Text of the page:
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Aim: This current study is intended to assess the effectiveness of low level lasers in the management of recurrent aphthous stomatitis.
Materials and Method: The current study was undertaken on 30 healthy individuals who were diagnosed with recurrent aphthous stomatitis and were managed with low level laser therapy. Subjects were categorized into 3 groups randomly. Group I included 10 patients who were diagnosed with minor aphthae while Group II included 10 patients who were diagnosed with major aphthae and Group III included 10 patients who were diagnosed with herpetiform aphthae. All the patients were managed with low level laser therapy. In due course, the pain was evaluated with the aid of VAS scale regularly at periodic intervals postoperatively and analyzed.
Results: Majority of the lesions in Group I were noted on the labial mucosa while in Group II majority of the lesions were noted on the labial mucosa and tongue while in Group III majority of the lesions were noted on the upper attached gingiva. The results of this study revealed that the pain in the immediate phase and late phase was significantly less in all patients following the use of low level lasers.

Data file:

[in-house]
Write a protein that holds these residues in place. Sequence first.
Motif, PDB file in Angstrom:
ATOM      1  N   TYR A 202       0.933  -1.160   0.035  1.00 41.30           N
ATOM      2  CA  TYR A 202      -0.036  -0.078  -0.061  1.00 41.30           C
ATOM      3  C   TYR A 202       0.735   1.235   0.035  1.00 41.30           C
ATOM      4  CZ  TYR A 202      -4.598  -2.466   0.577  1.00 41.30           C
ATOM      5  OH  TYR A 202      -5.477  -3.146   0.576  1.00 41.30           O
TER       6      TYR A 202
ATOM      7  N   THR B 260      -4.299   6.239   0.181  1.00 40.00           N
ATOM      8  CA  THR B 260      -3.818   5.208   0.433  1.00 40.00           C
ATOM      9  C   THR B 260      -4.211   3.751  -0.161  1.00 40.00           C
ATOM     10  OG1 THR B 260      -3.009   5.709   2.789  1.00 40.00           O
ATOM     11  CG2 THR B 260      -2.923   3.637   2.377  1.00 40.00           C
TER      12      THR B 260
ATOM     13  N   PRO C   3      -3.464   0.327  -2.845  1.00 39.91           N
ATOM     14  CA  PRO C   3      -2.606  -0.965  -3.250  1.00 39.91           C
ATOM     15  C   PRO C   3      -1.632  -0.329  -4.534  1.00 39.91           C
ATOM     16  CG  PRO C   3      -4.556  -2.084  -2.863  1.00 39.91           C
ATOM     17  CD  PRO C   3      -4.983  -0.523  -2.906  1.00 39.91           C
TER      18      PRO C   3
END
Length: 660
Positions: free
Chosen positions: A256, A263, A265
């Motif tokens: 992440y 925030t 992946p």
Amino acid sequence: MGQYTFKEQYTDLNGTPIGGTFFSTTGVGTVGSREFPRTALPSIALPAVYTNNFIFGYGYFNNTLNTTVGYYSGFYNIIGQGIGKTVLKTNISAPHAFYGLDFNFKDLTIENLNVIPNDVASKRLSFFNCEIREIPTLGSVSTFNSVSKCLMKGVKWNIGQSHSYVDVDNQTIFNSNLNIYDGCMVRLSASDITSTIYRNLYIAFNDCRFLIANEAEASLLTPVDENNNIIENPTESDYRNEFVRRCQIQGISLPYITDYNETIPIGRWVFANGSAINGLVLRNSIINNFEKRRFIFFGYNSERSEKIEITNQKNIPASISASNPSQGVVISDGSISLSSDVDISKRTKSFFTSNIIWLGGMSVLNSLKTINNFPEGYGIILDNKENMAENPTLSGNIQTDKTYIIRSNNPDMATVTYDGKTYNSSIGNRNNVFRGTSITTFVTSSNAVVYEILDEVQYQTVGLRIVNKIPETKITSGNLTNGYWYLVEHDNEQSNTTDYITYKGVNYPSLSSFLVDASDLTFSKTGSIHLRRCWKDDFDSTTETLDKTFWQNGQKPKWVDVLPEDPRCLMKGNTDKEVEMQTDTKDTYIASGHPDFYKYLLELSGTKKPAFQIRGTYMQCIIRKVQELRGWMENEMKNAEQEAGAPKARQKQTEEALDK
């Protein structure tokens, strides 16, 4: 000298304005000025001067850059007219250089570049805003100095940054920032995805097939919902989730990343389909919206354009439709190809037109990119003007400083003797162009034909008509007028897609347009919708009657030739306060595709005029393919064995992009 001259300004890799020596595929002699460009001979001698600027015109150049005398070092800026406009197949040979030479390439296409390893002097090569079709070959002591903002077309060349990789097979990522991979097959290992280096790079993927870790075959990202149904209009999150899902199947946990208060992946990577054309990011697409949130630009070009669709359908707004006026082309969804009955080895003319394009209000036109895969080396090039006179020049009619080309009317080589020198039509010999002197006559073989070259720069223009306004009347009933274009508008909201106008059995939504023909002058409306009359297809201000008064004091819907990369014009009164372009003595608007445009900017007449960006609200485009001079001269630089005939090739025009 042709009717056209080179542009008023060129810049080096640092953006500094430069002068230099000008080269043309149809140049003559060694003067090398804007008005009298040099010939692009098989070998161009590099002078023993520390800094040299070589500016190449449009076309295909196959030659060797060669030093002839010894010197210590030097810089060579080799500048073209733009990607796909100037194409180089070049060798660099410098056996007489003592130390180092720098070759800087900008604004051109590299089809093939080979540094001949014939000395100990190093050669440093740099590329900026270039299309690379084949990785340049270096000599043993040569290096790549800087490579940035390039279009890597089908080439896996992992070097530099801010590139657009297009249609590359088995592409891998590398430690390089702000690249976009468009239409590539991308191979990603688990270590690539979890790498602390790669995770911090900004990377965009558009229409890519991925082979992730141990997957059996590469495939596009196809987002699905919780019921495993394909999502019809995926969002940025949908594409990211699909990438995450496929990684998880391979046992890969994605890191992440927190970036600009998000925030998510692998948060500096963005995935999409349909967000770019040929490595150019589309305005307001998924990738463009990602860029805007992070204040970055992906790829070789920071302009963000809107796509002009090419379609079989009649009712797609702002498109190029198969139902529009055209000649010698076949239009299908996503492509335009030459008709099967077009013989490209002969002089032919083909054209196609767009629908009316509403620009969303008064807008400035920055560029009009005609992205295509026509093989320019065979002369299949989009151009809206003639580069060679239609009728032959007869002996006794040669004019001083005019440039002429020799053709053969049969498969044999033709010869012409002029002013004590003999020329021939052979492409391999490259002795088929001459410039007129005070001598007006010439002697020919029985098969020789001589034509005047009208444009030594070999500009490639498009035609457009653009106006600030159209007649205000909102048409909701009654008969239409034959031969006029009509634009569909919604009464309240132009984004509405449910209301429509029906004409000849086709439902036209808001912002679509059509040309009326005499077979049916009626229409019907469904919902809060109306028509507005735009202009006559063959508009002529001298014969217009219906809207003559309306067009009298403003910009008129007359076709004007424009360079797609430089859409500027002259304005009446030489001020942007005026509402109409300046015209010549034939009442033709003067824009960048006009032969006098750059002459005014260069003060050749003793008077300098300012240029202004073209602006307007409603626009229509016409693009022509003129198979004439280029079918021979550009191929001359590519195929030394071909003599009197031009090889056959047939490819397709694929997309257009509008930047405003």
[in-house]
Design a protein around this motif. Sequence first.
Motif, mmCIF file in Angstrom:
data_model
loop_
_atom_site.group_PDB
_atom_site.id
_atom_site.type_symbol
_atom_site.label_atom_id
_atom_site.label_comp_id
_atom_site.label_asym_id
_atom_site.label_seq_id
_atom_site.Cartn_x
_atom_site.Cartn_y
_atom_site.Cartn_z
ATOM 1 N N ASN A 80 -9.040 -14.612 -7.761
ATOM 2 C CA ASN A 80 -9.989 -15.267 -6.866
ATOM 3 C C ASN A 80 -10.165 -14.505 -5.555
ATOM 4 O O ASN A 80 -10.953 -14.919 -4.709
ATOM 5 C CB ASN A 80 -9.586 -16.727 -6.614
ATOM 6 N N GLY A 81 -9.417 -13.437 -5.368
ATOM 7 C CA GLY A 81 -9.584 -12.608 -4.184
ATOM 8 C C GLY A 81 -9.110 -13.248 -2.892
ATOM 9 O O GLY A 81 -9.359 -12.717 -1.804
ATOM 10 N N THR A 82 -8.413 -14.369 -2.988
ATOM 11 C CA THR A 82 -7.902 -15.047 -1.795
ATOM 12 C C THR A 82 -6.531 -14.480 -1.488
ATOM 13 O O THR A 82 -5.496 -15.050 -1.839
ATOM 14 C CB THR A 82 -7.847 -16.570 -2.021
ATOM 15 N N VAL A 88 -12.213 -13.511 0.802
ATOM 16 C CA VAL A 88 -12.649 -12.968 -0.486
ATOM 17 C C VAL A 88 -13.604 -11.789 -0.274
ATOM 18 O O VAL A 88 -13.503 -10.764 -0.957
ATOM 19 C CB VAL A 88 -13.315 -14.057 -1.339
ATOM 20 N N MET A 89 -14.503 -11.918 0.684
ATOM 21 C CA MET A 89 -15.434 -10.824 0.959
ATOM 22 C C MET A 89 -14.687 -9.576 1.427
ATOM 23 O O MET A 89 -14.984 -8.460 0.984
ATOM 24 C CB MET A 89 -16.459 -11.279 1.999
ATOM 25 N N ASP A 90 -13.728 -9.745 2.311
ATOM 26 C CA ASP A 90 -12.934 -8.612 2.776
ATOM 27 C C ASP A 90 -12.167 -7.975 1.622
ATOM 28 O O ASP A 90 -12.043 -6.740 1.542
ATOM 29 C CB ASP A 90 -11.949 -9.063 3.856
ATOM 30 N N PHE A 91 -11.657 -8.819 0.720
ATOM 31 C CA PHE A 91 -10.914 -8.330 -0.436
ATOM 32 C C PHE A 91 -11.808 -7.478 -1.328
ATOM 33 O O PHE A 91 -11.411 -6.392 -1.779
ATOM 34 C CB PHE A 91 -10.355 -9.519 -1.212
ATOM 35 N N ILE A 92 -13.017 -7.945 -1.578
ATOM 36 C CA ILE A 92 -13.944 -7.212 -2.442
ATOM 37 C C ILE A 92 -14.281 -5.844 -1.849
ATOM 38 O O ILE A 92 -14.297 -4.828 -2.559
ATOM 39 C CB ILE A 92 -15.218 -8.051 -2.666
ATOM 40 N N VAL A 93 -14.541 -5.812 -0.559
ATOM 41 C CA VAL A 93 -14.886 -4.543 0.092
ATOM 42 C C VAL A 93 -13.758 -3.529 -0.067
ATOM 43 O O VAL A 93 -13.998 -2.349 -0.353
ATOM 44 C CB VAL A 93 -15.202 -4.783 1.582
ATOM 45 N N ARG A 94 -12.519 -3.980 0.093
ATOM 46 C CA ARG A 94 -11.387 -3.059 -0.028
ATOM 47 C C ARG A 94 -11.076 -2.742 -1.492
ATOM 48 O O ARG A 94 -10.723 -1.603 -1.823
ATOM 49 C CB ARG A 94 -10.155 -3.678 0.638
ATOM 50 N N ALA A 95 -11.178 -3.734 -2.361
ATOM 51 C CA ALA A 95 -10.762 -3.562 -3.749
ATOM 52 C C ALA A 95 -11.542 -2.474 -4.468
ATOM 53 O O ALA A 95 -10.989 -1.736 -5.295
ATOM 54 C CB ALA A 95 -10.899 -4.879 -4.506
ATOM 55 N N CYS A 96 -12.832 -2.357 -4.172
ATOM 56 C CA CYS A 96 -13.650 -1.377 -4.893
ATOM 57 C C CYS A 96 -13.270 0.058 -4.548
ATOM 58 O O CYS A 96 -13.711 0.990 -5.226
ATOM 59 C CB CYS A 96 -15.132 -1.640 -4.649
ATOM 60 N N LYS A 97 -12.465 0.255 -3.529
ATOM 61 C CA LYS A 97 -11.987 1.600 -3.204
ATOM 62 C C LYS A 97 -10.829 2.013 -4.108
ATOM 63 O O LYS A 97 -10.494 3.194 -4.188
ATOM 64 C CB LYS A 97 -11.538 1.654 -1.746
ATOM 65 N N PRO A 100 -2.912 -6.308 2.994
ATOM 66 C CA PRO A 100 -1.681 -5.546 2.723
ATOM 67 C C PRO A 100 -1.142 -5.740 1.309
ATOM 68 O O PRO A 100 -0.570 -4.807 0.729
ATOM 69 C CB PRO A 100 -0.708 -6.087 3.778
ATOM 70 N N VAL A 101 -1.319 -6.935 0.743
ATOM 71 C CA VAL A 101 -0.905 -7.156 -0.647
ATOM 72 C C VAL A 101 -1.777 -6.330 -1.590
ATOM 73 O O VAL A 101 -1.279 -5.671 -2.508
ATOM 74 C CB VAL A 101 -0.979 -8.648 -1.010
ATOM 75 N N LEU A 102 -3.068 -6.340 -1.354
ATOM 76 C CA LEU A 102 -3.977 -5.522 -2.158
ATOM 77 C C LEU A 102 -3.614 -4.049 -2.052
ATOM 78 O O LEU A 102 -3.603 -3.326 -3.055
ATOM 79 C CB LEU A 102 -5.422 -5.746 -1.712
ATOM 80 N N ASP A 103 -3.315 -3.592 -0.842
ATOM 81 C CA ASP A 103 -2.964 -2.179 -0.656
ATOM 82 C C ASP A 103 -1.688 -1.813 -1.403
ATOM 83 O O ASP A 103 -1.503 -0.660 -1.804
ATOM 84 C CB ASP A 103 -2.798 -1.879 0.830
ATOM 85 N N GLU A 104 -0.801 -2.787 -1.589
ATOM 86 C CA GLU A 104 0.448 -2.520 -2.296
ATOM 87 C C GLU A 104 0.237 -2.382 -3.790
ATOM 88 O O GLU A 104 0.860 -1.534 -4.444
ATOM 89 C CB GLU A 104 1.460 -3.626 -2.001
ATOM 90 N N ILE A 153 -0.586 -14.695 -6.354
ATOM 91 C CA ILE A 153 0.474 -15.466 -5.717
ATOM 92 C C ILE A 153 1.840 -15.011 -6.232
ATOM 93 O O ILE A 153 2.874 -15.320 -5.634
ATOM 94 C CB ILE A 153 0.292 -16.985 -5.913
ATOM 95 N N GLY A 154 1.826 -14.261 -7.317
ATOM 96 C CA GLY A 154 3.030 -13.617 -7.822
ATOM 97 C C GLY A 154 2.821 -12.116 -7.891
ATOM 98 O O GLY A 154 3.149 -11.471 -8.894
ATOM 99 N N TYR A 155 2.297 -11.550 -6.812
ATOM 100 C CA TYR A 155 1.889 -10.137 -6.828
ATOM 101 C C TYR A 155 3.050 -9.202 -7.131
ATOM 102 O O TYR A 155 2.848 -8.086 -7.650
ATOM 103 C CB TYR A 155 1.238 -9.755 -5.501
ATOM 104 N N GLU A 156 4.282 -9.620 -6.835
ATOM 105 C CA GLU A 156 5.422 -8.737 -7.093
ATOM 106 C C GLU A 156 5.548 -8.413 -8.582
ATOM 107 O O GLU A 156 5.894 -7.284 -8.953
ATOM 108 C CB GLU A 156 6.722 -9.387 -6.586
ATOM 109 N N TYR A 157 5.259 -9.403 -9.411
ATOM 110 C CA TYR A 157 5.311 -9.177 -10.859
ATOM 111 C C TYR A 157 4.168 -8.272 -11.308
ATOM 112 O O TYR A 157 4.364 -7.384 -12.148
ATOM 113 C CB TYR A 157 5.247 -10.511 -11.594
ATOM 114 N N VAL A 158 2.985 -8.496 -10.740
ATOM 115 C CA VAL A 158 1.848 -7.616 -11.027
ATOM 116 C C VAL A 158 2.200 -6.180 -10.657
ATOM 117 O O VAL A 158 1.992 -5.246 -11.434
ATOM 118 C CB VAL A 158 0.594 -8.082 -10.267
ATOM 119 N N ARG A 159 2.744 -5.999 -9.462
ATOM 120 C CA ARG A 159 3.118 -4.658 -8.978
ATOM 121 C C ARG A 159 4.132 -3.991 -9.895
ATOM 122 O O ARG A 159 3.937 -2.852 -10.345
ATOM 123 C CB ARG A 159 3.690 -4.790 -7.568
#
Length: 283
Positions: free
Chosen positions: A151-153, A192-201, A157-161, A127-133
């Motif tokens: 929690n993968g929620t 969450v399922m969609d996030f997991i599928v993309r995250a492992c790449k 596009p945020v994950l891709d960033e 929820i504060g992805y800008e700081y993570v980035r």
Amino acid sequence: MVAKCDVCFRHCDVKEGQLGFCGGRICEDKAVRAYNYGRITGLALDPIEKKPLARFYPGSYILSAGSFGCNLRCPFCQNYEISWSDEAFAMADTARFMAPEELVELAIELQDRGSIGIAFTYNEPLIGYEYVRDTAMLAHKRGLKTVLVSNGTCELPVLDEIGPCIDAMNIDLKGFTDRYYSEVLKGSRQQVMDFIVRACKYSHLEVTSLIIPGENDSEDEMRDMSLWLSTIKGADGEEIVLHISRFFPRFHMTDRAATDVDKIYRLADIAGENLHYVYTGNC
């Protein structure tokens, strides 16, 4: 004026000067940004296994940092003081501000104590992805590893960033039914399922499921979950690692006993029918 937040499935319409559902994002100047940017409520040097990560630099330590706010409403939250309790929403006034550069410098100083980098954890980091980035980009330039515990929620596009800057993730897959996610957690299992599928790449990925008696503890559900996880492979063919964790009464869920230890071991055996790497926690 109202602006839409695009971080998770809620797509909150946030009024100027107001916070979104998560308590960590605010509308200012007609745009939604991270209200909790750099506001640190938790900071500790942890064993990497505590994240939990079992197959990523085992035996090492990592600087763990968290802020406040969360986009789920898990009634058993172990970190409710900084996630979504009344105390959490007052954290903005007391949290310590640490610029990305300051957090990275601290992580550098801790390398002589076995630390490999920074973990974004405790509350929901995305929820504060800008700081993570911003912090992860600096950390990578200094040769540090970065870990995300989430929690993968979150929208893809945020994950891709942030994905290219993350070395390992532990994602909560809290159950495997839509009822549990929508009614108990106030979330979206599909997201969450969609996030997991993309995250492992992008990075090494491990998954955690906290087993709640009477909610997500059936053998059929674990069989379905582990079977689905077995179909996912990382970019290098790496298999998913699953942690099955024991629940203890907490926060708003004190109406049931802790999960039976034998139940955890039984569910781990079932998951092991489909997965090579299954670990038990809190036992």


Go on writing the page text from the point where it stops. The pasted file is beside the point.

Conclusion: Low level lasers could be employed as a viable treatment option considering its confined effects in addition to causing no harm to the surrounding tissues.